China is a country that produces and drinks tea. Before the 90s, it was impossible to find anything besides instant coffee and now China has the largest Starbucks in the world and the most stores, besides the USA.
Coffee broke into the mainstream Chinese culture thanks to Nestle ads in the 80s. The first Starbucks café opened in 1999. So younger generations of Chinese grew up with coffee and now often prefer it to tea, while older generations still drink tea.
Big name coffee chains exist in the major cities of China, Starbucks being by far the most present with more than 3,000 stores in China. The British chain Costa Coffee is the second largest with 350 stores and Pacific Coffee from Hong Kong with 300 stores. In 2017, a new Starbucks store opened every 15 hours in China.
In addition to the large chain stores, there are many boutique cafes, especially in Shanghai and Beijing. Coffee is being elevated to an art with specialty drinks, single origin brews, cold brew, and many other "craft" options for coffee connoisseurs. It is now not just a drink but a status symbol. At 30RMB for a cappuccino or latte, a cup of coffee can cost more than a meal.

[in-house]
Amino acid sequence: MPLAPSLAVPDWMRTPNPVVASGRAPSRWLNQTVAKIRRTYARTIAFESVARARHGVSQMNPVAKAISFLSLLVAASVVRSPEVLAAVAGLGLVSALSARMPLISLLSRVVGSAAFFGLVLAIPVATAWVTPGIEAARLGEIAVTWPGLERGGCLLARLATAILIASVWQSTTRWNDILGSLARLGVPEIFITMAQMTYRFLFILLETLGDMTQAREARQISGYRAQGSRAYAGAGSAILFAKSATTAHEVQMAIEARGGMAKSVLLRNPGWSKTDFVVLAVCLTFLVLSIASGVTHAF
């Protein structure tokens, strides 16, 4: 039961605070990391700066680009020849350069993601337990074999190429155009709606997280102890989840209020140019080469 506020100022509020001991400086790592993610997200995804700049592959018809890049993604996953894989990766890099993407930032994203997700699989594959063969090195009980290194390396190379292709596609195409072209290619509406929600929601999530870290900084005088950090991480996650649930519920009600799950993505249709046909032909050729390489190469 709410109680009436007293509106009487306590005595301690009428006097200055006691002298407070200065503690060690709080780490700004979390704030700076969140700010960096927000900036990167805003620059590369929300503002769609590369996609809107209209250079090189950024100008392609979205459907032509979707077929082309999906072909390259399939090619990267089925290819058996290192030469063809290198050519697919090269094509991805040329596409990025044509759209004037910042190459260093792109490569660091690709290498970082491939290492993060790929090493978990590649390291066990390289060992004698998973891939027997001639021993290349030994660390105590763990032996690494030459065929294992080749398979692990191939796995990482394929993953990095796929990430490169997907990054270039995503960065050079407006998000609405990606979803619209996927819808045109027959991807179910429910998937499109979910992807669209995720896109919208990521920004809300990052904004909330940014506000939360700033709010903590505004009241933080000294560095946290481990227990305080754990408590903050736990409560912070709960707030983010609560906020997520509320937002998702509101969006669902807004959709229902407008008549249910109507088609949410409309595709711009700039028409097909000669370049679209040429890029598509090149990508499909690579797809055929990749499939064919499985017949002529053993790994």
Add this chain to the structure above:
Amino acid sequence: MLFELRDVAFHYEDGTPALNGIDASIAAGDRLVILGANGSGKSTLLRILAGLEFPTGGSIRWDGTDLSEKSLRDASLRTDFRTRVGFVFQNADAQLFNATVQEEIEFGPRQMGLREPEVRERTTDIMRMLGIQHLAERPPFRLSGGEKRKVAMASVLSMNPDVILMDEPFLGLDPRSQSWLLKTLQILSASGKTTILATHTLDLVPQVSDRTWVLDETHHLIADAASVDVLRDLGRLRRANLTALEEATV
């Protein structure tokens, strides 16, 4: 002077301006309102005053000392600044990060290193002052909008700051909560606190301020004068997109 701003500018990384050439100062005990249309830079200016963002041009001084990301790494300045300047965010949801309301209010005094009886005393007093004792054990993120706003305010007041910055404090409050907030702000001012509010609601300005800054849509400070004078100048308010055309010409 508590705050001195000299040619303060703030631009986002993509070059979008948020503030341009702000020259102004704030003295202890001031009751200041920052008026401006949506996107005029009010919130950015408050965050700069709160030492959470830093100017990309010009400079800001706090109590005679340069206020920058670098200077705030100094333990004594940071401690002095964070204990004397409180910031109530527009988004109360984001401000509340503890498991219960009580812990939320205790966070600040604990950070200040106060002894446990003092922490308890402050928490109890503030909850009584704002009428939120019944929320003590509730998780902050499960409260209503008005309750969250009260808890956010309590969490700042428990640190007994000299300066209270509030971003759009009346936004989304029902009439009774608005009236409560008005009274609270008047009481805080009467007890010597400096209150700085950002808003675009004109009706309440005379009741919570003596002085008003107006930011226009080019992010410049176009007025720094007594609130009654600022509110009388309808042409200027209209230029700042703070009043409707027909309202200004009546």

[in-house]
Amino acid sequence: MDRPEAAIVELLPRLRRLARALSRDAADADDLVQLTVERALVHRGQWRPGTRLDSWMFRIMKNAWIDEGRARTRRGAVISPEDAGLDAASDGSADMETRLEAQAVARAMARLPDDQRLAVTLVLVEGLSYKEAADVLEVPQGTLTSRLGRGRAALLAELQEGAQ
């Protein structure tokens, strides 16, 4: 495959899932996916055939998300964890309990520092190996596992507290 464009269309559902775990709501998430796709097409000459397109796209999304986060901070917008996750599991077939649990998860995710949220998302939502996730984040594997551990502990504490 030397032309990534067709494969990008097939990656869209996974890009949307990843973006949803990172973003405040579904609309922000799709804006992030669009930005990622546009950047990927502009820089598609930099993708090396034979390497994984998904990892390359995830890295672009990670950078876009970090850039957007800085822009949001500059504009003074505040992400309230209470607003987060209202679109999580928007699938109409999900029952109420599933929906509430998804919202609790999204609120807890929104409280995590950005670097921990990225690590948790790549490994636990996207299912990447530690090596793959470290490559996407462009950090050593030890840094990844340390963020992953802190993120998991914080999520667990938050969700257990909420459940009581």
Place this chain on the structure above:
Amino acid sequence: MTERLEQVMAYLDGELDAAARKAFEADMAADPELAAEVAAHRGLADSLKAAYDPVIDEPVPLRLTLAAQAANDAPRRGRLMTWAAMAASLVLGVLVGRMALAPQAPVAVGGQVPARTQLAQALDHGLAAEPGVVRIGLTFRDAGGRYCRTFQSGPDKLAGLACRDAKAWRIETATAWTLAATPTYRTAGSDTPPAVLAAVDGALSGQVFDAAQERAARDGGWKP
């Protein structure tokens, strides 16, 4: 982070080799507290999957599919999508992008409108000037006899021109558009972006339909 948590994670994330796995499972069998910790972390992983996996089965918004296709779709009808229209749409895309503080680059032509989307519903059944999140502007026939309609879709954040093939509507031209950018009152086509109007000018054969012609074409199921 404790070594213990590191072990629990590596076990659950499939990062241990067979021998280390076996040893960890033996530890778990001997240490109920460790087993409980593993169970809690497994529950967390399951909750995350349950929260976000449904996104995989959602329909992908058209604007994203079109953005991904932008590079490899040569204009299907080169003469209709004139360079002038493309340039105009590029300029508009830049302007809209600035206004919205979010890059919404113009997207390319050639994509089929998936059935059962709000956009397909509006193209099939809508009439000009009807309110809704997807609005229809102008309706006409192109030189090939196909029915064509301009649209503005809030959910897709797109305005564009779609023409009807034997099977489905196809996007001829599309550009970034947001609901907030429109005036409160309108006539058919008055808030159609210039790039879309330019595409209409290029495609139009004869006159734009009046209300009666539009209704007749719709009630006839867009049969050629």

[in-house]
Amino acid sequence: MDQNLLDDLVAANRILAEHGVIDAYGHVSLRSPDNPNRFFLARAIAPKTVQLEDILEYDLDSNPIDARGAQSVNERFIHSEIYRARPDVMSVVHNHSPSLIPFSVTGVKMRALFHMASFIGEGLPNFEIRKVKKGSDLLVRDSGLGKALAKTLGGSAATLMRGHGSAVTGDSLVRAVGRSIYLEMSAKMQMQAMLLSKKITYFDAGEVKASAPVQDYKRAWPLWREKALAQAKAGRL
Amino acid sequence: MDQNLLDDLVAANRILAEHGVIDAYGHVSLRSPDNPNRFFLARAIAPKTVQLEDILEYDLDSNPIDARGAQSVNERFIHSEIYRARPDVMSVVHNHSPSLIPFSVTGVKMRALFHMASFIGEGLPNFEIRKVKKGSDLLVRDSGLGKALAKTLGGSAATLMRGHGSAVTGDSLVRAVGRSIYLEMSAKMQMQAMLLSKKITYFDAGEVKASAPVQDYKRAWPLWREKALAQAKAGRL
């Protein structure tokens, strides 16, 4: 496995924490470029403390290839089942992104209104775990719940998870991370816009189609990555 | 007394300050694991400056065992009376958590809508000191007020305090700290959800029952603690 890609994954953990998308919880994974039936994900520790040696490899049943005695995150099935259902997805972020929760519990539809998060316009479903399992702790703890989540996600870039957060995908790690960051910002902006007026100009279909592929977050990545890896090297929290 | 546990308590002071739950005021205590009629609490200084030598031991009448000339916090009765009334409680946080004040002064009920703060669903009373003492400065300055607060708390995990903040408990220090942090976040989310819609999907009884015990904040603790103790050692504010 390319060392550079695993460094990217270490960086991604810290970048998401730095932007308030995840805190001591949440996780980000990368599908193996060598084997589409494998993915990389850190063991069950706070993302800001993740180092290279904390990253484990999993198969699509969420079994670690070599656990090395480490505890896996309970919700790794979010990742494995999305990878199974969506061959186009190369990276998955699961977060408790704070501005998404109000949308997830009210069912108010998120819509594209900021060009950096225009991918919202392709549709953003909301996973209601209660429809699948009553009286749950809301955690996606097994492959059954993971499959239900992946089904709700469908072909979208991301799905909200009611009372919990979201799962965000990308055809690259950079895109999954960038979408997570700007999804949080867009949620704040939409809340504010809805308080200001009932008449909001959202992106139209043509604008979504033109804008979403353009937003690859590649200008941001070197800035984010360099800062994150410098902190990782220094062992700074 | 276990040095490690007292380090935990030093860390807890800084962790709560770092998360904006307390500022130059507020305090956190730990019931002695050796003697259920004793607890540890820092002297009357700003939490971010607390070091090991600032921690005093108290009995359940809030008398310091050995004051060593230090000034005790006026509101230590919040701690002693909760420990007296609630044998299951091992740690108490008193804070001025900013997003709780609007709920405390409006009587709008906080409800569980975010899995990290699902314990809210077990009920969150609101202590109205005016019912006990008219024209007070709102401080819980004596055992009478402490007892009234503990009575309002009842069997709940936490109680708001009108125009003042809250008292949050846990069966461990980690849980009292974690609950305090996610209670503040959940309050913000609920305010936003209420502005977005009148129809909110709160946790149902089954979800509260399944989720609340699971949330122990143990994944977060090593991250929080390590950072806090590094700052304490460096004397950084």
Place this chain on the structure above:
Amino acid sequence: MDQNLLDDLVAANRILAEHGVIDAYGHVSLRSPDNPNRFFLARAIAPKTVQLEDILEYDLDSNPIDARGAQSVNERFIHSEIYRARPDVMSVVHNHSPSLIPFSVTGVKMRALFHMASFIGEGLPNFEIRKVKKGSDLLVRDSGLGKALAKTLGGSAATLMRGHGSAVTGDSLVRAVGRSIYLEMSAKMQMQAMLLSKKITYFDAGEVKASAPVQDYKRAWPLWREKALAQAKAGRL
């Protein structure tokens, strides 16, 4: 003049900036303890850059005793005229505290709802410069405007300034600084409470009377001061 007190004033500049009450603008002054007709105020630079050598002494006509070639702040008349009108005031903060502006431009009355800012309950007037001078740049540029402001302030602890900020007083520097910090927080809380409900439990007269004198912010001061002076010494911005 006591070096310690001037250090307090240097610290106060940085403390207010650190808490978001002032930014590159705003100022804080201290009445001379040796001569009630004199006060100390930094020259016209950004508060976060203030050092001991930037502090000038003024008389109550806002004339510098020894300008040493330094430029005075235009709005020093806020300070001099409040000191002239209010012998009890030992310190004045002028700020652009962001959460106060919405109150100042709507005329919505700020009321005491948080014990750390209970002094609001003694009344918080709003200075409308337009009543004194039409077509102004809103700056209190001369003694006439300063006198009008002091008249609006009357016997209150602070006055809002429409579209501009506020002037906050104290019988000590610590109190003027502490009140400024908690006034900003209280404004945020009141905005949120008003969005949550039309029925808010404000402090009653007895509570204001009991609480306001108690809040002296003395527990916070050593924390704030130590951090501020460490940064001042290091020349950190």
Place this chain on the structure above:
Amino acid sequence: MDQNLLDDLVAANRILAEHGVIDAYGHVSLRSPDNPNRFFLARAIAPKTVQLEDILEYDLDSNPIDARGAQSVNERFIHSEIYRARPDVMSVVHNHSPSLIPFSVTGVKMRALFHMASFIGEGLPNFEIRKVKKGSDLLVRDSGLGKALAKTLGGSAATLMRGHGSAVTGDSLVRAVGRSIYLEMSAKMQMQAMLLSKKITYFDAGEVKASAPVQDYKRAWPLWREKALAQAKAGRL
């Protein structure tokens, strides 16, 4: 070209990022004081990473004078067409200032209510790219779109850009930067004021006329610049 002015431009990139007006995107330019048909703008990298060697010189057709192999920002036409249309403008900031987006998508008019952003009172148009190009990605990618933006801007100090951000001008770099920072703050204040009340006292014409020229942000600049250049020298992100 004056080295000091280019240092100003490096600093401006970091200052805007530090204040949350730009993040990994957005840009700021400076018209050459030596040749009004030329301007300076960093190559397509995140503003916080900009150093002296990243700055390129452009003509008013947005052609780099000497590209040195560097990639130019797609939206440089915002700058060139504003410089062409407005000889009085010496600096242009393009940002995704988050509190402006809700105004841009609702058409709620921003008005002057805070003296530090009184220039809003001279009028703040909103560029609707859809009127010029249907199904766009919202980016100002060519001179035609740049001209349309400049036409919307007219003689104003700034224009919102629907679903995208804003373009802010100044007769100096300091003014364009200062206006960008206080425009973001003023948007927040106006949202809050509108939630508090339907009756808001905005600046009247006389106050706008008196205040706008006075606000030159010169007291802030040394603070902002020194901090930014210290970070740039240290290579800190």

Originally, coffee stores opened in the downtown area of cities and provided a comfortable place to have a casual business meeting. Instead of a formal meeting room or, traditionally, a tea house, cafes were a simple alternative that represented a Western perspective. Over time, students started using cafes, and the free WiFi Internet that they provided, as a place to meet and study together. Now, there is a mix of all types of people using cafes from business meetings and students to people taking selfies with their beautifully crafted drinks.
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